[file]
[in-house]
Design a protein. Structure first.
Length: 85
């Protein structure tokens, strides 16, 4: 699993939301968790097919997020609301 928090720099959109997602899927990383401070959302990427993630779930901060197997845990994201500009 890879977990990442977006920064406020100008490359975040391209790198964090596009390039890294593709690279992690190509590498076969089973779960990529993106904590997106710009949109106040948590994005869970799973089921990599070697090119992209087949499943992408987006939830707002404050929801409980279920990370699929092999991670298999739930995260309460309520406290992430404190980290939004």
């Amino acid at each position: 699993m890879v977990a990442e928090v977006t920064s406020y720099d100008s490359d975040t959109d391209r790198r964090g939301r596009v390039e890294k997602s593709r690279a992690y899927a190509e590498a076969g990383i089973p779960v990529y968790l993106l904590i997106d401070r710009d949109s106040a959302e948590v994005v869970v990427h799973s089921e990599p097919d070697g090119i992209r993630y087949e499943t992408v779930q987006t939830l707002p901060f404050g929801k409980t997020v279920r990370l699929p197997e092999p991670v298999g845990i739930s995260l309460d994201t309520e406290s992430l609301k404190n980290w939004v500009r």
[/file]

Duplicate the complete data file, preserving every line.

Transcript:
[in-house]
Design a protein. Structure first.
Length: 85
């Protein structure tokens, strides 16, 4: 699993939301968790097919997020609301 928090720099959109997602899927990383401070959302990427993630779930901060197997845990994201500009 890879977990990442977006920064406020100008490359975040391209790198964090596009390039890294593709690279992690190509590498076969089973779960990529993106904590997106710009949109106040948590994005869970799973089921990599070697090119992209087949499943992408987006939830707002404050929801409980279920990370699929092999991670298999739930995260309460309520406290992430404190980290939004």
């Amino acid at each position: 699993m890879v977990a990442e928090v977006t920064s406020y720099d100008s490359d975040t959109d391209r790198r964090g939301r596009v390039e890294k997602s593709r690279a992690y899927a190509e590498a076969g990383i089973p779960v990529y968790l993106l904590i997106d401070r710009d949109s106040a959302e948590v994005v869970v990427h799973s089921e990599p097919d070697g090119i992209r993630y087949e499943t992408v779930q987006t939830l707002p901060f404050g929801k409980t997020v279920r990370l699929p197997e092999p991670v298999g845990i739930s995260l309460d994201t309520e406290s992430l609301k404190n980290w939004v500009r």